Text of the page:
Our MINI Adventure (Part Two)

Daniel O’Callaghan concludes his running report on his partner’s 2014 MINI with an assessment of its dynamics, its ergonomics and his conclusions.

Image : The Author

The driving experience and refinement is where the third-generation new MINI really distinguishes itself positively from its fun but flawed predecessors. It has a nice turn of speed, 0-62mph in 7.8 seconds, which is 0.1 seconds quicker than the manual, and a claimed (but untested!) top speed of 130mph.

The torque-converter automatic gearbox is very smooth, kicks down readily and has a manual override if wanted, which we’ve never used. This gearbox has now been superseded by a dual-clutch unit. The three-cylinder 1.5 litre turbocharged engine pulls strongly and has a nice, gruff engine note.

Driving our MINI back-to-back with an R50 owned by a friend shows it to be a little less pointy and playful, but with much better ride quality, notwithstanding the optional 17” wheels.

Our longest unbroken journey has been a repeated 125-mile drive to and from Lincoln on ‘A’ roads of (very) variable quality. This takes about 2½ hours and the seats are more than adequately comfortable for this, leaving us with nothing but age-related stiff joints when we arrive at our destination.

Space up front is very generous for a small car. I’m just under 6’ tall, but very long-limbed, and even I don’t need the driver’s seat nearly at its rearmost position, as in my Boxster. With some compromise on the part of the driver and front seat passenger, two adults can be accommodated in the rear for short journeys. The boot is, of course, small, but the rear seat backs can be dropped in a second for more space when needed.

Our MINI has been totally reliable but was the subject of two recalls early in its life, for minor issues that now elude me. Fortunately, it was not one of a small batch of early cars that suffered manufacturing issues that required a replacement engine to be fitted. Servicing was covered by the MINI TLC package for the first five years, with nothing extra to pay. Its first paid-for service in April 2019 cost a very reasonable £135 including its MOT test. I should clarify that it’s a very low mileage car, with just around 12k miles recorded in six years, so this saves on mileage-related service costs.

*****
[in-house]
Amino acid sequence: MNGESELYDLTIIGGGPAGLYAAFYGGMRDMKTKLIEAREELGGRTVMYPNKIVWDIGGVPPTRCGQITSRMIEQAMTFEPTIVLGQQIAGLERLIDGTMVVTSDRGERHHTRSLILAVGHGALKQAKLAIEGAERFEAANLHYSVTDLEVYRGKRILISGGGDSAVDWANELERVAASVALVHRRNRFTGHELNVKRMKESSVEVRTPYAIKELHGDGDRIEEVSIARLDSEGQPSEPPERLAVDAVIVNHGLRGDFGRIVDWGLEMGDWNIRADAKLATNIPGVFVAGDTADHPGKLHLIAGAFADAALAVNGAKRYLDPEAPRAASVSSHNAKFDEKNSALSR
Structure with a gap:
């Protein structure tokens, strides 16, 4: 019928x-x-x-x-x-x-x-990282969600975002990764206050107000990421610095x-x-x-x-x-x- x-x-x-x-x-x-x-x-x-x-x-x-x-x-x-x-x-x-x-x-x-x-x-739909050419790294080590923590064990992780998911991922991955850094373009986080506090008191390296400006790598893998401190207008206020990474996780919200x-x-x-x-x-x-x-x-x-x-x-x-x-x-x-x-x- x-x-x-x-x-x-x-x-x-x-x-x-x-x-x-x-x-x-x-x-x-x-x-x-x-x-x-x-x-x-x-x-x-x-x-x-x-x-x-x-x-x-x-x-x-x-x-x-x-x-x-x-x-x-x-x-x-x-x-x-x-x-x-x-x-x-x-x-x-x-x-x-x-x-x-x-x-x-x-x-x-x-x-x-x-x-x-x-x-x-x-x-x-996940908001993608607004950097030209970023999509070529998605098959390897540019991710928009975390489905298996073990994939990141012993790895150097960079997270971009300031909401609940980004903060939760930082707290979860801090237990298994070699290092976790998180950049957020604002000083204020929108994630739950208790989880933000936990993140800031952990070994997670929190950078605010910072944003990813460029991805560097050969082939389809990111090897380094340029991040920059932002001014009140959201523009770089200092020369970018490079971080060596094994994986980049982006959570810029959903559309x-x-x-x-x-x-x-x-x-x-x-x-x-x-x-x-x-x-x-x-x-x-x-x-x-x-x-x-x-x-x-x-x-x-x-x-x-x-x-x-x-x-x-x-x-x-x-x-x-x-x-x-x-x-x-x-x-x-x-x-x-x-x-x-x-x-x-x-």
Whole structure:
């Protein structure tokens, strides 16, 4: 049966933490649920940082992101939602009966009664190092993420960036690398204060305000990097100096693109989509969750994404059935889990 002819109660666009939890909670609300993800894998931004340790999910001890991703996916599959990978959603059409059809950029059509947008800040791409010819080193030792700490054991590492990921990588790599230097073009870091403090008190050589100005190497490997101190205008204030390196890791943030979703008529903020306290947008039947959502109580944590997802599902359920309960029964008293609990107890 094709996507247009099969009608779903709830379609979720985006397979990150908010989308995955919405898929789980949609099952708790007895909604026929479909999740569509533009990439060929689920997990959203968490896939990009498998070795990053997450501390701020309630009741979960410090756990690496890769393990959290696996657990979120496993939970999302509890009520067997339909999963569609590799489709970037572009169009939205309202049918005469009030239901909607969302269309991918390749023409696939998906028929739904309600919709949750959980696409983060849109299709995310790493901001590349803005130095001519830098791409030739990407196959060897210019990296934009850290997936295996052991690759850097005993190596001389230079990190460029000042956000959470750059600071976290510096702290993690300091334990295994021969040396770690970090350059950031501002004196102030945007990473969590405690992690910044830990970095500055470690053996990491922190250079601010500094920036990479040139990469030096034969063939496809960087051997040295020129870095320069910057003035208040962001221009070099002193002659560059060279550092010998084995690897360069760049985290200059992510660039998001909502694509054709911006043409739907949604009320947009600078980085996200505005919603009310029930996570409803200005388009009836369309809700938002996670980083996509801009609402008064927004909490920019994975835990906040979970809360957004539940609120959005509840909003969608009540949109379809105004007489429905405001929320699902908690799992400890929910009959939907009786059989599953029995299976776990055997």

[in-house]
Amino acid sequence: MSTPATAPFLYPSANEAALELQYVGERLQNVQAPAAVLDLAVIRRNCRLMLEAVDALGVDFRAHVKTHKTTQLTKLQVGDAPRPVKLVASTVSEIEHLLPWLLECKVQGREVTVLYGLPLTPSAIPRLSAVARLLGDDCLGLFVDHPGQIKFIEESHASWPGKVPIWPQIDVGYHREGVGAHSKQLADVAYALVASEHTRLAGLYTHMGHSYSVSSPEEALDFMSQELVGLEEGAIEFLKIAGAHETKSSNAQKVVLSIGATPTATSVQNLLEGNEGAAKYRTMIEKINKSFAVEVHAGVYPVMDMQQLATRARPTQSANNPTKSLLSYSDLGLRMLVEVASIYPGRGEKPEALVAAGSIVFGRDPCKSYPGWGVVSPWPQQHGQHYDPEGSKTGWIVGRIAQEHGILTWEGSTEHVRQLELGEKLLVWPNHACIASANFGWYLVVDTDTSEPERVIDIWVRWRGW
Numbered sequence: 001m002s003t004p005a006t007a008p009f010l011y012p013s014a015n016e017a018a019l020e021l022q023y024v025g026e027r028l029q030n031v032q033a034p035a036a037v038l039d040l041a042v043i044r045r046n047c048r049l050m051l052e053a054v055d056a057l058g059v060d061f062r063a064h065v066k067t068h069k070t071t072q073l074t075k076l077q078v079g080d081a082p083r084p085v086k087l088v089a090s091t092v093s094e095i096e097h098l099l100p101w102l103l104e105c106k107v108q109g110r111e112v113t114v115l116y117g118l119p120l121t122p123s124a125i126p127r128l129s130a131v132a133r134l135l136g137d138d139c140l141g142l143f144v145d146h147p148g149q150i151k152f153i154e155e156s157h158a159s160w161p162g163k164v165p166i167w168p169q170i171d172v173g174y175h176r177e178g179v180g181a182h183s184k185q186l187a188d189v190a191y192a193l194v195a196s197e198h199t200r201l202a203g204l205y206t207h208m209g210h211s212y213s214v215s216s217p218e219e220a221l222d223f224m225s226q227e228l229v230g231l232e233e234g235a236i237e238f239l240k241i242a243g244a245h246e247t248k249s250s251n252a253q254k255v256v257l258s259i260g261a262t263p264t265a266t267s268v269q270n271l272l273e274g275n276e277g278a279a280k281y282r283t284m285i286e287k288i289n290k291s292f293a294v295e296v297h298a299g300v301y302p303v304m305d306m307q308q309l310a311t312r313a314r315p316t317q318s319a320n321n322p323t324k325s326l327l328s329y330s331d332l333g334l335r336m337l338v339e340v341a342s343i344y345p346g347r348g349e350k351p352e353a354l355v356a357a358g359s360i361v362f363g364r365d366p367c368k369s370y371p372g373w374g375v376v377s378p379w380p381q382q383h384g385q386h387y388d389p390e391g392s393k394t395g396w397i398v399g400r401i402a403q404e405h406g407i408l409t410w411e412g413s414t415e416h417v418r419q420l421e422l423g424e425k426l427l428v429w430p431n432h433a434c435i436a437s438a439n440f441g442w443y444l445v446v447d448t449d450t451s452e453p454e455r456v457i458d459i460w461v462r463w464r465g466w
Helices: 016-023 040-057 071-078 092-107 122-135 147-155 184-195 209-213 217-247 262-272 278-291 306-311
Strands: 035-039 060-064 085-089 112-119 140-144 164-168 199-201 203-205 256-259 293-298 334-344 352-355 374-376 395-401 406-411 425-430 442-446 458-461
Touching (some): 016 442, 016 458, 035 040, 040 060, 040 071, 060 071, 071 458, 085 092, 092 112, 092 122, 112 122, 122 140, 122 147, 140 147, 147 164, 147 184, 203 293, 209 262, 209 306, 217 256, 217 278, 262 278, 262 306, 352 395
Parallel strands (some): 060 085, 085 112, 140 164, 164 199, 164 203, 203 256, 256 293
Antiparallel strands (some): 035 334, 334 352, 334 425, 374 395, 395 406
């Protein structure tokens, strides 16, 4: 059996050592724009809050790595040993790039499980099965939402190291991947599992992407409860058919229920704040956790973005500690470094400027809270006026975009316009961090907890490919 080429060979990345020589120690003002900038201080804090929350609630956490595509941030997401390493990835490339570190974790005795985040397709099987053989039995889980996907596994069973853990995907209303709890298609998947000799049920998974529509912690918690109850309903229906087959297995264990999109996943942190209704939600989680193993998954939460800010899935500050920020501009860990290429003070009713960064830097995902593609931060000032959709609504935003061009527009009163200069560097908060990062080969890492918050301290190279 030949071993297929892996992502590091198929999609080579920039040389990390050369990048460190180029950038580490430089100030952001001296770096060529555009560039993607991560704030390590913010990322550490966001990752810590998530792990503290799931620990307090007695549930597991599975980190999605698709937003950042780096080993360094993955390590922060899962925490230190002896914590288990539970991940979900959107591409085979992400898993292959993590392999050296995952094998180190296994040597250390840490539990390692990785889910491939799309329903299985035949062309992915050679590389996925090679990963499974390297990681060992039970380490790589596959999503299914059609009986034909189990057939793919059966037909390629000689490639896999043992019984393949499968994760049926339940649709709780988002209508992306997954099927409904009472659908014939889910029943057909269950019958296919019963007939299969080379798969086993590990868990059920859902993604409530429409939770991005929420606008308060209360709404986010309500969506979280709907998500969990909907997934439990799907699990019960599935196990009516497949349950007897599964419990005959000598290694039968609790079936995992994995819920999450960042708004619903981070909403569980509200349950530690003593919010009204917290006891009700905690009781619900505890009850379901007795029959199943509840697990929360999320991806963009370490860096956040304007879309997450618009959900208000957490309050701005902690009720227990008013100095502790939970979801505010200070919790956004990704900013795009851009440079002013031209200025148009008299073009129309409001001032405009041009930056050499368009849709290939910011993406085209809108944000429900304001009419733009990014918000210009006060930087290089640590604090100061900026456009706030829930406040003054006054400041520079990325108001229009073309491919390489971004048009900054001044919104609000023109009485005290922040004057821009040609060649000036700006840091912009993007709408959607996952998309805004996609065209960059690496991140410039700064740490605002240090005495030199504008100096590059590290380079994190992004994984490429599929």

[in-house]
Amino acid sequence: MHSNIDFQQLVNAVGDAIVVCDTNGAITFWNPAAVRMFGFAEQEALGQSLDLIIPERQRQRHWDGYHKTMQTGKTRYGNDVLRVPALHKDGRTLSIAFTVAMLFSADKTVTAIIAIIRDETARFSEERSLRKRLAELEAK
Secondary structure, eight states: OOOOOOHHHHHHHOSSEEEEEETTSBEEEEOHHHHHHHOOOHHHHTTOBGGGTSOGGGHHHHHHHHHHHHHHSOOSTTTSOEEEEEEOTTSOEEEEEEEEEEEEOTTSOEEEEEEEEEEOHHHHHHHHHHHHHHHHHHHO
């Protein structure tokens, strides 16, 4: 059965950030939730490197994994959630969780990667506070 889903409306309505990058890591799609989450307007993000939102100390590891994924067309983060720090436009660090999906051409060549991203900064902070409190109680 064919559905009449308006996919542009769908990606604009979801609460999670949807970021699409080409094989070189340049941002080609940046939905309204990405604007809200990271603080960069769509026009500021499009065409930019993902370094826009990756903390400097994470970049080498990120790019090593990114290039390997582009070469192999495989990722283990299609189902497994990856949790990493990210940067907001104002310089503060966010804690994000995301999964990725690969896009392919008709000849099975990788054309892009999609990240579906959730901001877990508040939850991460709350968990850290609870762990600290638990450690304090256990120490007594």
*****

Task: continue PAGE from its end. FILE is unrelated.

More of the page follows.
The car is garaged when not in use so still looks showroom-fresh, with only a couple of very minor stone chips on the front, expertly touched in by Murray. The only part that deteriorated was the winged MINI emblem above the rear licence plate, which started to bubble and delaminate recently. A replacement cost an outrageous £31!

Criticisms? A few, concerning ergonomics. The indicator stalk is annoying.  You press it lightly for three flashes, or firmly through a resistance for a continuous signal. Unusually, in either case the stalk returns immediately to its central ‘off’ position. The problem is that the indicators are reluctant to self-cancel so, when you go to cancel them, you sometimes find you’re now signalling in the opposite direction, much to the confusion of other drivers.

This wouldn’t happen if the stalk gave you a physical status indication, by staying in place when pressed firmly, then clicking back into the central position when it self-cancels. This is how indicator stalks generally work, and the MINI’s arrangement is a retrograde step.

The wiper stalk is also confusing. Instead of ‘push down for a single sweep, click up once for intermittent, twice for slow and three times for fast’ which is, I thought, near enough an industry standard, you press a button on the end of the stalk for intermittent. If I used the car more regularly, I’m sure I’d get used to it, but I have to remind myself every time I drive in the rain.

Because of the large circular central feature, the minor switches and row of toggle switches below are rather low-set, forcing you to look down to identify and operate them. Finally, the continuously variable fan control is strangely non-linear in its operation, the biggest variance in speed occurring towards the very end of its rotation.

So, there you have it, our experience of running a MINI for six years and 12k miles. It’s still a car with much to like and very little to dislike. The F56 is a very different car to the original ‘new’ MINI, the R50. It has matured to the extent that it is much easier to live with day-to-day, but has sacrificed some of the R50’s fun-factor for this enhanced usability. Looks apart, it’s best judged on its own merits as a sophisticated, grown-up supermini rather by comparison to any namesake.